The officials confirmed that the
stand belonged to Sikariyoti and approved the cession. He and
Sikariyoti then went to the Council
offices in Remembrance Drive
where the cession was also approved. He subsequently became aware
that the appellants had filed an
application to stop the sale.
Katsiga had paid Sikariyoti $2.6 million for the rights in the stand
and at the time of the sale
Sikariyoti advised him that he was going
back to Malawi to live there because that was his home country.
James, in an
answering affidavit, claimed that Sikariyoti had obtained the
certificate of heirship fraudulently and that he, himself,
being the eldest son of the deceased, had never received notice of
the edict meeting to appoint an heir to the estate.
He had not
challenged the appointment of Sikariyoti as heir because he had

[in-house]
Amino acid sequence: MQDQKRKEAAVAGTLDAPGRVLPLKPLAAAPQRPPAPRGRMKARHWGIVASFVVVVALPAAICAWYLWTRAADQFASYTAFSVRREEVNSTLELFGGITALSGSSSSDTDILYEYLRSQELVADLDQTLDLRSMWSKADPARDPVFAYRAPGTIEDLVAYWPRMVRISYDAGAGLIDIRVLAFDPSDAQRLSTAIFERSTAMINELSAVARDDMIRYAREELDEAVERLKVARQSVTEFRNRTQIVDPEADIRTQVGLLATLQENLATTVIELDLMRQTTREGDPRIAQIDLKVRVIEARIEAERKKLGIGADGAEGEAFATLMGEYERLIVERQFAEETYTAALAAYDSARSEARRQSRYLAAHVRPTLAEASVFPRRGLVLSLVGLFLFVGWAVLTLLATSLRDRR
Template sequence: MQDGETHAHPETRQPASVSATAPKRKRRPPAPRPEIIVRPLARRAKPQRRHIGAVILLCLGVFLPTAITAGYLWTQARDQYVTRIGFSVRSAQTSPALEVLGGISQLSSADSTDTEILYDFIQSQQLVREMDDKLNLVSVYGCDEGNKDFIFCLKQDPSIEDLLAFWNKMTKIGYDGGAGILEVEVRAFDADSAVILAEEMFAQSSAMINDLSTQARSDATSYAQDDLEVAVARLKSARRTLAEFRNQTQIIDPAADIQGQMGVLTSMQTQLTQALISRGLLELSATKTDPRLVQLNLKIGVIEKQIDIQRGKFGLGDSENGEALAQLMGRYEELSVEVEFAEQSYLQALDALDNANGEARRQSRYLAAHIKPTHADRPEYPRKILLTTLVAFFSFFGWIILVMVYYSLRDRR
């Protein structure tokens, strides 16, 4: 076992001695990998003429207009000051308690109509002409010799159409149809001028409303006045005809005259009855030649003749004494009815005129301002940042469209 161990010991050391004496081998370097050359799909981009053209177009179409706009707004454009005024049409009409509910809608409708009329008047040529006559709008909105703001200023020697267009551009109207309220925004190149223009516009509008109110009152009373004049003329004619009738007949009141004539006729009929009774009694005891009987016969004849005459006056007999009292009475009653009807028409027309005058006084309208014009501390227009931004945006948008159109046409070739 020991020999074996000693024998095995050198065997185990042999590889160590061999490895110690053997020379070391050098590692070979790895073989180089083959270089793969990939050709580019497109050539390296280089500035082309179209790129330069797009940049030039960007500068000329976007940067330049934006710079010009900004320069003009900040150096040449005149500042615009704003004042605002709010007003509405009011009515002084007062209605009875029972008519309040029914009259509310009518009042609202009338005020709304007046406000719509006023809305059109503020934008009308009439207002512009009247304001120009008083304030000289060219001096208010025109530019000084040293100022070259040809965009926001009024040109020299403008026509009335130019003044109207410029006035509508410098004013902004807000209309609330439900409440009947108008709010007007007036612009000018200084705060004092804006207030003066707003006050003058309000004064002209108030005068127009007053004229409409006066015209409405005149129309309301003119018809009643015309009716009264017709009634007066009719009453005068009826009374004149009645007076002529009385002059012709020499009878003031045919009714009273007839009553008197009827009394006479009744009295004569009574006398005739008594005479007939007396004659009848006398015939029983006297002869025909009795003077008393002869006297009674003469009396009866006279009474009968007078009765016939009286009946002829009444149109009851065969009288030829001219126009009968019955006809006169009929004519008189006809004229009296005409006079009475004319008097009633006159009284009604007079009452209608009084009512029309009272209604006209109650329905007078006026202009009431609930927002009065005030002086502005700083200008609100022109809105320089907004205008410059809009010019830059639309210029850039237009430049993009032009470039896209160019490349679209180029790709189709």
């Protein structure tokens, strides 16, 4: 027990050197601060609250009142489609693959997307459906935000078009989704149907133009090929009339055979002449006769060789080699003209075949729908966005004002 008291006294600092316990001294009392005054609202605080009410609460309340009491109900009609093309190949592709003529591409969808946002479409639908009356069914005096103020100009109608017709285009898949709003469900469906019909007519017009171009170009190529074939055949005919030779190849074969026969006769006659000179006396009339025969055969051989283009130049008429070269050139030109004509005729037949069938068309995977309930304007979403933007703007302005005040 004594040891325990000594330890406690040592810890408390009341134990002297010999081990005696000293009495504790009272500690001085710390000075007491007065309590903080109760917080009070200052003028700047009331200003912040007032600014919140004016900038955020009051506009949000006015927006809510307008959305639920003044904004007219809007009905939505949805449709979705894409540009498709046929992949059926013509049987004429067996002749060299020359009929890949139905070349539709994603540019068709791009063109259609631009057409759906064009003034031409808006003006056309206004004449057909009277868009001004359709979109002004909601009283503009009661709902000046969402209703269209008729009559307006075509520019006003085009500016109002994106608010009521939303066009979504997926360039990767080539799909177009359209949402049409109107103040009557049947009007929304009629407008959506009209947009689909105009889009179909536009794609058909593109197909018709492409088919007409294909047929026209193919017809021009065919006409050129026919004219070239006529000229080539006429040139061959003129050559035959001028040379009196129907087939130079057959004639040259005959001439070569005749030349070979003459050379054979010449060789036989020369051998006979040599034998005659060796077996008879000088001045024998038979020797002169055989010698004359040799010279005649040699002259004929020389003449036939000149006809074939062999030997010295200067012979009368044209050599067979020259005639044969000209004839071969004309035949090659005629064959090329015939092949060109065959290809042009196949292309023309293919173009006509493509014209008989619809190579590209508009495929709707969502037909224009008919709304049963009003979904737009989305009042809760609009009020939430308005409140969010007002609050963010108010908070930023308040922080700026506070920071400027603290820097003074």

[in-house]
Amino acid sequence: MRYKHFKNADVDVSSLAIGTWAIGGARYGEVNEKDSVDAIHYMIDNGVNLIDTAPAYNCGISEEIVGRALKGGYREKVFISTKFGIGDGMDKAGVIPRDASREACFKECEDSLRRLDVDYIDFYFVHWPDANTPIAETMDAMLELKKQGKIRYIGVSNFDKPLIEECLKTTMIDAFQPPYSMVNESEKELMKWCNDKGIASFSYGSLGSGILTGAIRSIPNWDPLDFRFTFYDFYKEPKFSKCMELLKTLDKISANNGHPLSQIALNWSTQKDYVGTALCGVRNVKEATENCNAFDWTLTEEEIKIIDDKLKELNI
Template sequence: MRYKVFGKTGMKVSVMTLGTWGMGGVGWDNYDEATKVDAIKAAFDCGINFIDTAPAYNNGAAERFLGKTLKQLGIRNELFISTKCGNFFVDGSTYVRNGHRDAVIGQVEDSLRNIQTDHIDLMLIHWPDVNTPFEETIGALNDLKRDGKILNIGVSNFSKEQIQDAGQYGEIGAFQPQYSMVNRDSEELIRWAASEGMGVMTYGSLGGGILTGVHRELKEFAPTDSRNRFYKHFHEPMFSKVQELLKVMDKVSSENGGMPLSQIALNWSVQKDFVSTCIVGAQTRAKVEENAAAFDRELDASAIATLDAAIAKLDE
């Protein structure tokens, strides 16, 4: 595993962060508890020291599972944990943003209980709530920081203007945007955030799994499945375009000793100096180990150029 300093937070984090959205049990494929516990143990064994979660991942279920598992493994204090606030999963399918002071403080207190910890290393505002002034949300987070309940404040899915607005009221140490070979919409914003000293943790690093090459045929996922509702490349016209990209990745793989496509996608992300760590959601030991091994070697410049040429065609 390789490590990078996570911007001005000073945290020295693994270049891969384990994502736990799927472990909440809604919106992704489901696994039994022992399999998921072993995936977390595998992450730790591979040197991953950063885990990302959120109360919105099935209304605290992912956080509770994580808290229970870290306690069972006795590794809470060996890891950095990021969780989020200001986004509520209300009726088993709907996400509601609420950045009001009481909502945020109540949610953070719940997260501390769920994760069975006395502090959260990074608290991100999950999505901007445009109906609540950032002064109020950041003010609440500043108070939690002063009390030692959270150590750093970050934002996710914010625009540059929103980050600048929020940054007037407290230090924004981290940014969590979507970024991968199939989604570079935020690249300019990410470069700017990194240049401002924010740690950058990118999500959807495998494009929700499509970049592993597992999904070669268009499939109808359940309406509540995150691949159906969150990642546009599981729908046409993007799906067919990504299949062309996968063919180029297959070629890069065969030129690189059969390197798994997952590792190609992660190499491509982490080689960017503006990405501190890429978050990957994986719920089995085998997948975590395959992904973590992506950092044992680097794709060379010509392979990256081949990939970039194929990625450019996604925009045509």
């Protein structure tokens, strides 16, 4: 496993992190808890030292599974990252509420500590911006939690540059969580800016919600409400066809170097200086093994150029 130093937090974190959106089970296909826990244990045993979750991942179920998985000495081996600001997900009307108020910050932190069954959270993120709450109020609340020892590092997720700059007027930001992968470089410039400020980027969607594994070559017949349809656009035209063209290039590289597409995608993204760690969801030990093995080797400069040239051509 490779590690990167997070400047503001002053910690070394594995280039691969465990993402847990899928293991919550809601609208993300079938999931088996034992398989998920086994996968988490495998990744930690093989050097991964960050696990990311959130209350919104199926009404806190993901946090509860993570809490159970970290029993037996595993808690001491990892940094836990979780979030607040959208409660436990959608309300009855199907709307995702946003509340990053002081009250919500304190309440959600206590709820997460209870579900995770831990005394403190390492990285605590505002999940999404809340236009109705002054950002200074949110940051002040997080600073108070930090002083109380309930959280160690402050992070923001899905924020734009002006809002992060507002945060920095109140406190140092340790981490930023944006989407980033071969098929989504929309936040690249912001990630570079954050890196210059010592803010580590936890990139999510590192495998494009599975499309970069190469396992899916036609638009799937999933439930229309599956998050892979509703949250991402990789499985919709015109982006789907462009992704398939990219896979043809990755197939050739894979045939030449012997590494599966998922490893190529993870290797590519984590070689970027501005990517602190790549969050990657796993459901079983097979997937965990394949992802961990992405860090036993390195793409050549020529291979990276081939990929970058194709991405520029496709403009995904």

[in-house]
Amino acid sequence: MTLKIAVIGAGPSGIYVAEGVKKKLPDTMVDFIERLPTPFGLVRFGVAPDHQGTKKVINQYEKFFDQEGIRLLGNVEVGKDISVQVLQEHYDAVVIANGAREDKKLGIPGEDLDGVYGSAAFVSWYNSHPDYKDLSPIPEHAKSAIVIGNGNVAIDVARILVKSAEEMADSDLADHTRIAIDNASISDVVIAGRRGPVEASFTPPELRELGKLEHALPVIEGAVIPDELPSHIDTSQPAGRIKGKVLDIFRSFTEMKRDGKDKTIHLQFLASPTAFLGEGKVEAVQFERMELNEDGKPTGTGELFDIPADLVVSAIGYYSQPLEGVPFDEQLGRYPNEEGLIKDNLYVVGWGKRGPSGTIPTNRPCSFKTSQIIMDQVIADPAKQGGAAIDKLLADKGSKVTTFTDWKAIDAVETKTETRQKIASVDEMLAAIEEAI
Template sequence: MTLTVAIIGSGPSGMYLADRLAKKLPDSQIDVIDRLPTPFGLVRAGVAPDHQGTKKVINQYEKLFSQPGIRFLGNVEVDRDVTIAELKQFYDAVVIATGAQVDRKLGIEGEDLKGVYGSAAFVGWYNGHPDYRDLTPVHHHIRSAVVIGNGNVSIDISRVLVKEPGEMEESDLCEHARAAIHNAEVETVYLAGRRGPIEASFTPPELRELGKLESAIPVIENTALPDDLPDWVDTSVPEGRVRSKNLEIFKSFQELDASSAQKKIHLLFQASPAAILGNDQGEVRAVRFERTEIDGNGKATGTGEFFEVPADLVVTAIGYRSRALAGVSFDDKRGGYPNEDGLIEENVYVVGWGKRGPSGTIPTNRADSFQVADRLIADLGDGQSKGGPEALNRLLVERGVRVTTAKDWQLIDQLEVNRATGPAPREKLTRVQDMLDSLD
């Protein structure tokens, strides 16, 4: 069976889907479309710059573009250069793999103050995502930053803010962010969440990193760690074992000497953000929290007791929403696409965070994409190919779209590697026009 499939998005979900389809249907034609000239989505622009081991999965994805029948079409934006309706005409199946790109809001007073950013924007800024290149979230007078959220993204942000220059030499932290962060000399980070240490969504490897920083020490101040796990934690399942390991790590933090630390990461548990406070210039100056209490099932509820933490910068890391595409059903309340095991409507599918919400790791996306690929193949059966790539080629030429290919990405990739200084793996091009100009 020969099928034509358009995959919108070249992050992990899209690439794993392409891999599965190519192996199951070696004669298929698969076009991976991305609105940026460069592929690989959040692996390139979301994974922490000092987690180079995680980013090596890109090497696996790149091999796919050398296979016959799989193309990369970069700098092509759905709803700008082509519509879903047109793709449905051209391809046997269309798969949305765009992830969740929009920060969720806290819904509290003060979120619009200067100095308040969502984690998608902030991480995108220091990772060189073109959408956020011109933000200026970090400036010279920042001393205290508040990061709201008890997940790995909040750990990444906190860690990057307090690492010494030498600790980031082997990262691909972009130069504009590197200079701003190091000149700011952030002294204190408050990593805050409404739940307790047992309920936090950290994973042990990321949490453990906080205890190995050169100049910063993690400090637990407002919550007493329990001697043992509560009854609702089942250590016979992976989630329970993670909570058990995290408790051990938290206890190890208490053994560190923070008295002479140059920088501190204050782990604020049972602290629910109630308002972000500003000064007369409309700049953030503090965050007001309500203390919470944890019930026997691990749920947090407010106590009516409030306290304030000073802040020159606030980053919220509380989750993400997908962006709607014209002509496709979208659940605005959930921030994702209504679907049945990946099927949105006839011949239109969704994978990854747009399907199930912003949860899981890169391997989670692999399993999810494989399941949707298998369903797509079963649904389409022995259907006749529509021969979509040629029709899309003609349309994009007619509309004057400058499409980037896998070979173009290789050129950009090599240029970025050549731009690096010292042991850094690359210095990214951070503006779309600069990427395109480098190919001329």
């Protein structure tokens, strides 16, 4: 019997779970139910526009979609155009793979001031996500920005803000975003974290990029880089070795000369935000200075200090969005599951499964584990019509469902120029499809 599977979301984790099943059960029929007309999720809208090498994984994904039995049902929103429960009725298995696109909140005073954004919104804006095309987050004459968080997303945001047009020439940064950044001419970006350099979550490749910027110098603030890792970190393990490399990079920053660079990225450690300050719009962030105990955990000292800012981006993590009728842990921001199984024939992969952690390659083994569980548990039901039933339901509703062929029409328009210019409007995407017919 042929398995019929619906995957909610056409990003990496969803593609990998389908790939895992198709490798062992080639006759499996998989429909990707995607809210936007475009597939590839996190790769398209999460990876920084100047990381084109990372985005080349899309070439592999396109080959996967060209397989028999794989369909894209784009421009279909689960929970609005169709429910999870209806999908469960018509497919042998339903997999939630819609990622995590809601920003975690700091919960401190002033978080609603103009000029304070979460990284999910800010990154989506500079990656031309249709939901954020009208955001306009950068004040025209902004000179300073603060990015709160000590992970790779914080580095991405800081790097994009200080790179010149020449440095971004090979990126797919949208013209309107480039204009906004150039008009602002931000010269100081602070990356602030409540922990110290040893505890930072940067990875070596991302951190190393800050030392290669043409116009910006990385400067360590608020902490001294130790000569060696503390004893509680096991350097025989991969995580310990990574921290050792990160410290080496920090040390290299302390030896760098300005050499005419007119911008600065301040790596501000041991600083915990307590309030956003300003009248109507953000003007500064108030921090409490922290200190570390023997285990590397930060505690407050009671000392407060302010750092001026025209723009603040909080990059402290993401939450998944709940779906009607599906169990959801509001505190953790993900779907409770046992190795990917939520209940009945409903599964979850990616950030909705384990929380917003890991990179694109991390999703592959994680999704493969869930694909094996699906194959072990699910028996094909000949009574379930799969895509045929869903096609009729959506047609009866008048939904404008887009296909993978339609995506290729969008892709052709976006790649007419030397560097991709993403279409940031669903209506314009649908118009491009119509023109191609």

deferred to his mothers counsel not to cause friction
family. He had never relinquished his status as the eldest son of
the deceased. That was a birth right from which
he could not
appointed heir to the deceased on 13 May 1986. Thereafter, he was
registered as the lawful tenant of the stand.
The records of the
Council reflect that he was the owner of the rights in the stand.
That meant that he could sell those rights
to any person, subject to
the approval of the Council. James, who is the eldest son of the
deceased, claims that he was entitled
to be appointed heir and should
have been so appointed. However, he has done nothing to rectify the
position since 1986. Likewise,
he and the other appellants were
well aware that Sikariyoti was registered as the owner of the rights
in the stand and yet they did
nothing to have the stand registered in
James name or to have some caveat registered to prevent
Sikariyoti from selling his rights in the stand without first
obtaining their approval.
According to Katsiga
he had visited the stand to satisfy himself that the stand was worth
$2.6 million. He was satisfied that
it was and he checked with the
Council officials to ensure that Sikariyoti was, indeed, the owner of
the rights in the stand and
they confirmed that he was. It was only
then that he proceeded with the sale.
On these facts the
learned judge in the court a quo dismissed the application on